Spread wins the Red Dot: Grand Prix for the second year running

In the brand and communication design category of the Red Dot Design Award 2022, considered one of the world’s three major design awards, Spread won the Red Dot: Grand Prix for Tsubame-Sanjo Factory Museum and the Red Dot for Color Jungle.
Last year Spread was awarded the Red Dot: Grand Prix for their project Mesh Virus-Control Flag Partition, making this the second consecutive year they have won the Grand Prix.

On the 28th of October 2022, Spread attended the Red Dot Design Award 2022 ceremony in Berlin, Germany, and received the trophy. The best entry in the category ‘Best of the Best’ is awarded the Grand Prix – making it the highest award. This year six projects were selected for the Grand Prix from over 9,000 entries from around 50 countries.


Tsubame-Sanjo Factory Museum

Color Jungle

Mesh Virus-Control Flag Partition


About the Red Dot Design Award
The Red Dot Design Award, organized by the Design Zentrum Nordrhein Westfalen in Germany, was founded in 1955. It is known as one of the world’s three major design awards, along with the iF Design Award also in Germany and the International Design Excellence Awards (IDEA) in the USA. Divided into three categories – product design, brand and communication design and design concept – a jury of international design experts annually judge the entries on nine criteria, including innovation, functionality, ergonomics, ecology and durability.

On receiving the award
Twelve years ago, we won our first Red Dot Design Award for the packaging design of a textile brand set up with a small family-run workshop. The brand’s products were extremely well made, the result of craftsmen’s skills in producing new textiles on 100-year-old looms, but it was a time when the ability to communicate their value was desperately lacking. I still remember entering the Red Dot Design Award as I struggled to find ways in which I could help to raise the awareness and value of the product.

The Red Dot Design Award is a trusted design award that values recognition for designs that lead to solutions to social issues. It is also an award that promotes awareness of design as a natural and necessary force in society. The award is given to the person or organization that commissioned the design and the designer who responded. Although often misunderstood, the awards are not just for designers. It is also a high evaluation from a global perspective for those who commissioned and implemented the design to propel modern society forward. This overarching appreciation of the project creates trust, and trust turns into value and drives society – design is also directly related to the economy, which is one of the main drivers of society. Receiving a Red Dot Design Award is not a goal but a process, a means to connect and build on the next phase of activities, including economic activities.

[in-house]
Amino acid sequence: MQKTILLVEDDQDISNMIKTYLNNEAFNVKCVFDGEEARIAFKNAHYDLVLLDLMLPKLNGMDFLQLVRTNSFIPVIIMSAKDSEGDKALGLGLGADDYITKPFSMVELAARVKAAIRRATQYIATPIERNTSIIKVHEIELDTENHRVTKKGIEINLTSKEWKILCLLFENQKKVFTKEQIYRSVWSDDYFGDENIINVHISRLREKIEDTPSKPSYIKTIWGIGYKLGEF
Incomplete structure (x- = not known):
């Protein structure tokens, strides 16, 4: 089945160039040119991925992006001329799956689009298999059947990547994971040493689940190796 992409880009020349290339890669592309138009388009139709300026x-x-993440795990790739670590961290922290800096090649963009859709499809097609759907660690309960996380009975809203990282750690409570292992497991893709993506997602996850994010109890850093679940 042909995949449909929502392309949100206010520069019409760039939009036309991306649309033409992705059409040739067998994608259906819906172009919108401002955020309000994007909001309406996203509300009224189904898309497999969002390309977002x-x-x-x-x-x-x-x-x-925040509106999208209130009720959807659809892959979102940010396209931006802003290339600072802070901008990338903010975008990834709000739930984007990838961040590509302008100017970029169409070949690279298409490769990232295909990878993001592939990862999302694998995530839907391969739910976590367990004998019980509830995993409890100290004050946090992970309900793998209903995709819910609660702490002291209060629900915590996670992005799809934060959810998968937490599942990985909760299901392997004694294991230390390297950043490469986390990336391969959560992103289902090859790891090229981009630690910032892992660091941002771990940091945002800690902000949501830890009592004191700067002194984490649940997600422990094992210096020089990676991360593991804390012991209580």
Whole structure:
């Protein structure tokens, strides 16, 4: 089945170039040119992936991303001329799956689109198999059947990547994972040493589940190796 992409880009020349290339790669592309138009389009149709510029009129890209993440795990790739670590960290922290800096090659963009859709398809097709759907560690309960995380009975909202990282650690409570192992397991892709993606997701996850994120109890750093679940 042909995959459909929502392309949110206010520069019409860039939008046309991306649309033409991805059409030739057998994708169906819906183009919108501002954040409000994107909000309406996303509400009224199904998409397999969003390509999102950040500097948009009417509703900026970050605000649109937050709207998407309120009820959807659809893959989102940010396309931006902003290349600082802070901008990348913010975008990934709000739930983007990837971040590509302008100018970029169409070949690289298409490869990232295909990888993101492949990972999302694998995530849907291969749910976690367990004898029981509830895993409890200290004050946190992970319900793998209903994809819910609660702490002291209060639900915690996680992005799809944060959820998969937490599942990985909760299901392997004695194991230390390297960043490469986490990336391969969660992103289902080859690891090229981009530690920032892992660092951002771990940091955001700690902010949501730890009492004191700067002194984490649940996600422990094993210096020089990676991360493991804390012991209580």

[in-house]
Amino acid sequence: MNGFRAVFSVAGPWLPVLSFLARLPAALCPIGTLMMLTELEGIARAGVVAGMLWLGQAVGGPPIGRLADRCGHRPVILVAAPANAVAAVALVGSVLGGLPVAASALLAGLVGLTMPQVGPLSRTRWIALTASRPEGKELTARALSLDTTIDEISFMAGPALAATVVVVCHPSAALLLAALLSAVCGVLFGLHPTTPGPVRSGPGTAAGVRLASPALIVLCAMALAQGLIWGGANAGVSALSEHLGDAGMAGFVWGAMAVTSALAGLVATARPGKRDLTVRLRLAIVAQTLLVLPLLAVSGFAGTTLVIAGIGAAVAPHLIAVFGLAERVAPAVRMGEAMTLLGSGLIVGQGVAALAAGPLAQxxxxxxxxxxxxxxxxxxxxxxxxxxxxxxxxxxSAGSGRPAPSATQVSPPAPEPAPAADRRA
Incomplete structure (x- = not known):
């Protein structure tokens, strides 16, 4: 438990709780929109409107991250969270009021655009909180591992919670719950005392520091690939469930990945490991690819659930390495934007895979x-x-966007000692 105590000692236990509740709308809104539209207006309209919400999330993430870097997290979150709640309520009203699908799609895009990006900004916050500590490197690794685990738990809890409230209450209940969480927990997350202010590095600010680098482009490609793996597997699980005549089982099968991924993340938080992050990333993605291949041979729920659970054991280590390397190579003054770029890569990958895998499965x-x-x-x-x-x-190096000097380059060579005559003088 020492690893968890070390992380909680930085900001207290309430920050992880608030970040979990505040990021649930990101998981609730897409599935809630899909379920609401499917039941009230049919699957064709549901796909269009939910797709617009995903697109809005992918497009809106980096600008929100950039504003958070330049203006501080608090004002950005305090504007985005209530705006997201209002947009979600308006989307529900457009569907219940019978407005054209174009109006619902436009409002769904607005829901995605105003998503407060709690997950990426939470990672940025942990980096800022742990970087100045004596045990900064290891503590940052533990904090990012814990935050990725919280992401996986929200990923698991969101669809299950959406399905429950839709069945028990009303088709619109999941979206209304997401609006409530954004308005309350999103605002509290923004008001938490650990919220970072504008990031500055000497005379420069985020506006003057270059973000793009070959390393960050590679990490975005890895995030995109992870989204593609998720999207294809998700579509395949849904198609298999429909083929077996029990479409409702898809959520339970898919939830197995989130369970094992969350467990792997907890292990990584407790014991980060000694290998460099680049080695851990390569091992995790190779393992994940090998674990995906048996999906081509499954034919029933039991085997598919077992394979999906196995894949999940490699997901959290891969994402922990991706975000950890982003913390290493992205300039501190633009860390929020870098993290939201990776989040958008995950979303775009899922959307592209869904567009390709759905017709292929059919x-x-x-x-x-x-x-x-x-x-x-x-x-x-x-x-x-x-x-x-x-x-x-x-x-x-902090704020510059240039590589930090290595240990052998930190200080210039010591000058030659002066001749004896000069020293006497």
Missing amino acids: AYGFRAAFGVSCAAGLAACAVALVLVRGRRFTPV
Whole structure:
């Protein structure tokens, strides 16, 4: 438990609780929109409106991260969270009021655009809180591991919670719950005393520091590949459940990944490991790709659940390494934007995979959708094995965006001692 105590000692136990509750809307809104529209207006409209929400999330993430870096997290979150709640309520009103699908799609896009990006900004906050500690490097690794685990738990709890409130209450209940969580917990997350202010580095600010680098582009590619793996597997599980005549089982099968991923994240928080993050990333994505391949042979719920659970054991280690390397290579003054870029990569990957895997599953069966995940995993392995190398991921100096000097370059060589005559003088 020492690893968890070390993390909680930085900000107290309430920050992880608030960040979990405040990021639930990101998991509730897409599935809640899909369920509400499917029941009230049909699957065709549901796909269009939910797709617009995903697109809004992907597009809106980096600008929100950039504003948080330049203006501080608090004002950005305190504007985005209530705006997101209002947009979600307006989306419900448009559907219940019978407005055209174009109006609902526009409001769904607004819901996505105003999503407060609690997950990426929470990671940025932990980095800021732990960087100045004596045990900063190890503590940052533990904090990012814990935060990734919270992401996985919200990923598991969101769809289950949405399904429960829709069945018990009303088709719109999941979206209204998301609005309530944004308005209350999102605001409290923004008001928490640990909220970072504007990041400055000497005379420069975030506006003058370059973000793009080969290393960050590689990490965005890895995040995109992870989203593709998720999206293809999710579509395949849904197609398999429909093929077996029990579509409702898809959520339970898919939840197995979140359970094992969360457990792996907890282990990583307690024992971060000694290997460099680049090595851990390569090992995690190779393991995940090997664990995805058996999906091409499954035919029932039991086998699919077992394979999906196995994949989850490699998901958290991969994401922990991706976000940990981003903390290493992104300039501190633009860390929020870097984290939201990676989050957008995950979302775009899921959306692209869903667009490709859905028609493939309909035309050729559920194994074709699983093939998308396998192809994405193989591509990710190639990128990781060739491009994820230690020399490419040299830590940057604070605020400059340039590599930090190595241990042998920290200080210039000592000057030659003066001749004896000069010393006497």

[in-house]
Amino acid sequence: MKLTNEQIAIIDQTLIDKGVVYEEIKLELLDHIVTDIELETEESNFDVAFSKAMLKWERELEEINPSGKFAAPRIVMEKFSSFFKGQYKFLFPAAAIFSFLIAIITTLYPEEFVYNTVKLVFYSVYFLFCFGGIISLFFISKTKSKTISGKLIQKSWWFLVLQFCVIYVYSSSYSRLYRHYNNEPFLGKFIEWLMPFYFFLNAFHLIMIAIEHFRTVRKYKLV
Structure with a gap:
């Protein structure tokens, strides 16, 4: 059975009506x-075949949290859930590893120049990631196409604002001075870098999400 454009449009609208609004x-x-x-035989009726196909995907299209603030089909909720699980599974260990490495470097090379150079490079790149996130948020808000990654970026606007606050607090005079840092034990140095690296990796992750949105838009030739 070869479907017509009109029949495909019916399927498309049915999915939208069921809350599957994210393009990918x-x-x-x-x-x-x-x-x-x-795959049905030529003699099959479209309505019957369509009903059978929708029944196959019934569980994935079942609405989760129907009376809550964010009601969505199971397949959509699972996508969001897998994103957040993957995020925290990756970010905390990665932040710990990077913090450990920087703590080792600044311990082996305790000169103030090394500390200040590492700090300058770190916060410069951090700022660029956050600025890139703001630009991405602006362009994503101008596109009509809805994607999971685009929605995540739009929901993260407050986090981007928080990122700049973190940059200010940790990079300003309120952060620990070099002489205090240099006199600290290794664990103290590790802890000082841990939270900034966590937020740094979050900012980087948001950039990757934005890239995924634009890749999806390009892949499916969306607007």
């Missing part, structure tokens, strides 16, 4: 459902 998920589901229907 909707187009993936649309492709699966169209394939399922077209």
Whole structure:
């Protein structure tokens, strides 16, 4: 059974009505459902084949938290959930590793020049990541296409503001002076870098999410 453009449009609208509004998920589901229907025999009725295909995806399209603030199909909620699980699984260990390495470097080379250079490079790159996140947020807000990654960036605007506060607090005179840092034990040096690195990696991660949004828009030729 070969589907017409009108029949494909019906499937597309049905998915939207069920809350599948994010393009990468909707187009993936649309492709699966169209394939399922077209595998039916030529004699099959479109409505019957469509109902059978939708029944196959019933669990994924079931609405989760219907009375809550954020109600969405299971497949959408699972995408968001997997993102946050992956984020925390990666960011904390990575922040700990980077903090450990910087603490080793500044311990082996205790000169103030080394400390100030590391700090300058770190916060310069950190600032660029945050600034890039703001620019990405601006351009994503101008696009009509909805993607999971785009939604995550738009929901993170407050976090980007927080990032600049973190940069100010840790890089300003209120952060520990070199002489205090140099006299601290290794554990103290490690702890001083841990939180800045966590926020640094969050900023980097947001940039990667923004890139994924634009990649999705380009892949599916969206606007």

Since winning our first award 12 years ago, we have received recognition for our logo, product and installation designs, and including the two we have received this year, this is the eighth time we have won a Red Dot Design Award. The awards ceremony we attended was of the highest quality, carefully prepared with a purpose in every detail. While it was a glamorous ceremony, there was a consensus towards addressing the pressing issues on the earth through design, such as climate change, war, and the coronavirus pandemic.

This year’s Grand Prix was awarded to Tsubame-Sanjo Factory Museum – an exhibition that tells the story of the activities of a metalworking production area and presents it to the world on the site of a former factory of over 2,000 m2. Last year, the Grand Prix was awarded to Mesh Virus-Control Flag Partition – a new partition proposed for the coronavirus pandemic using a mesh material combined with new virus control technology. In a situation where it’s no exaggeration to say that the times are changing, winning the Grand Prix for the second consecutive year in a row is both a joyous and sobering event and proof that we have faced social challenges.

Participating in the world’s largest design event Milano Salone for ten years, exhibitions in London and Paris, and cultural education activities in Switzerland and Singapore, all successes and failures, together with clients, have resulted in experiences that have shaped our thinking.
By facing and designing for society and its people, we have created circumstances for the future to unfold. We are honored to receive this award and are committed to promoting more socially responsible designs.

 Haruna Yamada & Hirokazu Kobayashi

Please see the press release for more information about the award-winning projects.